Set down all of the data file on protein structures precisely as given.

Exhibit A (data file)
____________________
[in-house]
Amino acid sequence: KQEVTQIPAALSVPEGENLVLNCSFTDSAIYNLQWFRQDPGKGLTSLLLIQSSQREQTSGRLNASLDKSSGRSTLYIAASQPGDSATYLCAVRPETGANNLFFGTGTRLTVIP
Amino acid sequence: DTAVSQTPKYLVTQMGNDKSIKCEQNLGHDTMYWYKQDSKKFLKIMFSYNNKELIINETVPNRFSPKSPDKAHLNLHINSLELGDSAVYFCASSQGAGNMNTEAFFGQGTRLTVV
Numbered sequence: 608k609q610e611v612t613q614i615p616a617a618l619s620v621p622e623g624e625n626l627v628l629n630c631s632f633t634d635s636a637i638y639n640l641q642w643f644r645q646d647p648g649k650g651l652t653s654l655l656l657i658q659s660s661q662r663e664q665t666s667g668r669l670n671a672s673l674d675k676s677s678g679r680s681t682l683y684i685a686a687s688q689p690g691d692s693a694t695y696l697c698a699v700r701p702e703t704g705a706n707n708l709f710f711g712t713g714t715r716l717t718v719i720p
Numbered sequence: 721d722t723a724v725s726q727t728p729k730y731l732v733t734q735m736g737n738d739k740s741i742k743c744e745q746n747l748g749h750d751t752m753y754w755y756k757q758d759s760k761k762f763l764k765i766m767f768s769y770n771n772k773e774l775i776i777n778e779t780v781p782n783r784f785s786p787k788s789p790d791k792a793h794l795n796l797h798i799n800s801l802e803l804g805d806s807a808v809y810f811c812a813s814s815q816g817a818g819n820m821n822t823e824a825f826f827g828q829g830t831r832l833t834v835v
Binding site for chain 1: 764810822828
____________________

[in-house]
Amino acid sequence: KQEVTQIPAALSVPEGENLVLNCSFTDSAIYNLQWFRQDPGKGLTSLLLIQSSQREQTSGRLNASLDKSSGRSTLYIAASQPGDSATYLCAVRPETGANNLFFGTGTRLTVIP
Amino acid sequence: DTAVSQTPKYLVTQMGNDKSIKCEQNLGHDTMYWYKQDSKKFLKIMFSYNNKELIINETVPNRFSPKSPDKAHLNLHINSLELGDSAVYFCASSQGAGNMNTEAFFGQGTRLTVV
Numbered sequence: 608k609q610e611v612t613q614i615p616a617a618l619s620v621p622e623g624e625n626l627v628l629n630c631s632f633t634d635s636a637i638y639n640l641q642w643f644r645q646d647p648g649k650g651l652t653s654l655l656l657i658q659s660s661q662r663e664q665t666s667g668r669l670n671a672s673l674d675k676s677s678g679r680s681t682l683y684i685a686a687s688q689p690g691d692s693a694t695y696l697c698a699v700r701p702e703t704g705a706n707n708l709f710f711g712t713g714t715r716l717t718v719i720p
Numbered sequence: 721d722t723a724v725s726q727t728p729k730y731l732v733t734q735m736g737n738d739k740s741i742k743c744e745q746n747l748g749h750d751t752m753y754w755y756k757q758d759s760k761k762f763l764k765i766m767f768s769y770n771n772k773e774l775i776i777n778e779t780v781p782n783r784f785s786p787k788s789p790d791k792a793h794l795n796l797h798i799n800s801l802e803l804g805d806s807a808v809y810f811c812a813s814s815q816g817a818g819n820m821n822t823e824a825f826f827g828q829g830t831r832l833t834v835v
Binding site for chain 1: 764810822828